Among the College of Southern Maryland’s (CSM) 466 candidates earning 480 associate degrees and being welcomed to join the 60+-year-old cohort of CSM alumnae is one of CSM’s hardest working leaders. CSM Foundation Board Chair Kimberly Rosenfield earned her wings to become a CSM alumna when she received her Associate of Applied Science degree in Business Management, a Business Management certificate and a Business Management letter of recognition during CSM’s 62nd Spring Commencement May 14.
The CSM Foundation selected Rosenfield as its board chair in 2019 after the local businesswoman had served on the board for two years. Along with Brenda Lowe as vice-chair, the pair guide the CSM Foundation in its continued efforts to increase access to higher education through scholarship funding, and assure the excellence of CSM’s education by raising and managing funds for the college’s projects and objectives – including supporting the college’s ‘Alumni & Friends Connection.’
Despite already holding a bachelor’s degree from the College of Psychology of North Carolina State University (NCSU), Rosenfield said she wanted to get her degree from CSM to deepen her connection to the college.
“My time on the board is limited to nine years, but being an alumna is for life,” Rosenfield said. “My original purpose for accepting the board nomination was because I believe in the transformative power of education. But, during my time serving this amazing community college, I fell in love with CSM itself – the faculty, the staff, the students, the mission – I really wanted to find a way to stay involved when my term ended.”
This week, CSM Headline News asked Rosenfield to reflect on her journey as a CSM student. What follows are the Q&A from the interview:
CSM Headline News: What prompted you to pursue your AA degree with CSM?
KR: I was surveying the room at my first Foundation board meeting as chair, standing with [CSM President Dr. Maureen Murphy], and lamenting that so many of the other board members were alums and I hadn’t even taken a class here. I felt a little out of place and frankly, left out. So, Dr. Murphy challenged me to change my situation. During the meeting, she emailed me a link to the Fitness Center Management certificate, since my hobby is fitness coaching. I decided, instead, to pursue an associate degree in Business Management. My undergraduate degree is in social work, but through a series of twists and turns, I became a financial advisor having never taken a business or economics class. I figured an AAS in Business Management would help me feel closer to the college and be beneficial to my career, so I took that pathway instead.
What was it like Fast Tracking your classes?
Very intense! It’s an arduous program, requiring a lot more time and attention than I first realized. The pace and the instructors forced me to focus, manage my time, and stay committed. It ended up being a wonderful and welcome distraction during COVID safer-at-home orders. I joke that learning was my COVID hobby. And I’m proud to say, I’m graduating with a perfect 4.0 GPA!
What other degrees do you hold?
I have a bachelor’s degree in Psychology and Social Work from NCSU and my Certified Financial Planner designation, which is the equivalent of a master’s degree. But I graduated from NCSU in 1993 and the College of Financial Planning in 2004, so I very much had to relearn how to learn.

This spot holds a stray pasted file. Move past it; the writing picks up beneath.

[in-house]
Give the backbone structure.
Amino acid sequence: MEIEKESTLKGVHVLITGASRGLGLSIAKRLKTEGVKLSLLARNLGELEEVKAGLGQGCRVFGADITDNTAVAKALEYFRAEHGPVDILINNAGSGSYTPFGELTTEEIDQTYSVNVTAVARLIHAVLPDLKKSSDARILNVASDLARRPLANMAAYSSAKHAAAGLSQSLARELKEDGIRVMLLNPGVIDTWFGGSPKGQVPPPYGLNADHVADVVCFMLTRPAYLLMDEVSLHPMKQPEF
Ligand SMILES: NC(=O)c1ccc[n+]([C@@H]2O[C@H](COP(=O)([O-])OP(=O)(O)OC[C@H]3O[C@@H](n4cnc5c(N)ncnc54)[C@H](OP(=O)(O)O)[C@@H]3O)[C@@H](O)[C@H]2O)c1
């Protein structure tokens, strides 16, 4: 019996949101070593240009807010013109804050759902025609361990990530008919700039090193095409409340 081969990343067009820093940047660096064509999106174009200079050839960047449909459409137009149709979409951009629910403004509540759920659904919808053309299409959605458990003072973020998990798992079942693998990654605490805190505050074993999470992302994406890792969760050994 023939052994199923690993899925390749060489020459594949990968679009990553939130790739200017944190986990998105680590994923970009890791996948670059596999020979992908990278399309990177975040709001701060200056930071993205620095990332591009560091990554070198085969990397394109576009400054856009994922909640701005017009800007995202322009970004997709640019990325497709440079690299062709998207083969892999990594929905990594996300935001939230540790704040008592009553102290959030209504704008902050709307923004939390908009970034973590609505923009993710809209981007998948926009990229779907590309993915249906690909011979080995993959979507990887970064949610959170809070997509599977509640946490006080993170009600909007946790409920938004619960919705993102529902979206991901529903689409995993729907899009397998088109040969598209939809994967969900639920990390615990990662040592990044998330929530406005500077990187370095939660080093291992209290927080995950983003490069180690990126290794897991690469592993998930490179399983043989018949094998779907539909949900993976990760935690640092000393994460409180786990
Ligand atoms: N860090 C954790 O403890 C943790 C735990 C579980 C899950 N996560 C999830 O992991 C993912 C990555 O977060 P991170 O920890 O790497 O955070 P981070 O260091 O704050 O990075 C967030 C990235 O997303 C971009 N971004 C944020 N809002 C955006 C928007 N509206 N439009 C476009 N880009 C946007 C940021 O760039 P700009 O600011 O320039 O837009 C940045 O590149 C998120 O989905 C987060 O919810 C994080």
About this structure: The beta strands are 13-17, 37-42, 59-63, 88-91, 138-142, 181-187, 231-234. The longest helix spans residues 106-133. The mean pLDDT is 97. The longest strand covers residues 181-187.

How did you balance work, home life, and school?
In the beginning I felt overwhelmed. I eventually decided to live by the old adage: “Make good or make room, but don’t make excuses!” Determined to make good, I scheduled study time into every day, gave up mindless TV, devoted every Sunday to school work, and just made it a priority. It helped a lot that I have a supportive spouse and understanding friends.
Did you meet many students along the way? What was that like to immerse yourself into the student experience during a pandemic?
Considering that I was planning to complete all of my classes online, I didn’t think I’d have to opportunity to connect with many other students. But, our professors were really great about requiring class discussions, encouraging digital engagement, and assigning group projects. I participated in Zoom study groups, joined in MyCSMD Student Feed discussions, and even got my digital caricature drawn at a Student Life online event. I learned a lot about our students, from our students and I plan to use this knowledge to further the work of the Foundation. That said, as a Foundation board member, I am extraordinarily proud to see all the things CSM does for its students.
Besides the expertise you’ve acquired by achieving your degree, what is the biggest takeaway you have from this experience?
Lifelong learning is absolutely essential to staying young and engaged and there’s no better place for it than CSM. I’m just sorry I waited so long to take classes at CSM, but you can bet I’ll be back to take more. There’s no stopping me now.
Rosenfield is a partner and financial advisor with The Rosenfield Group at Morgan Stanley. In addition to her work with the CSM Foundation, she has served as president of Zonta of Charles County and board of directors’ president for the Center for Children as well as a board member of Leadership Southern Maryland. She has served as a member of CSM’s Nonprofit Institute and as a member of the investment committee for the Community Foundation of Southern Maryland.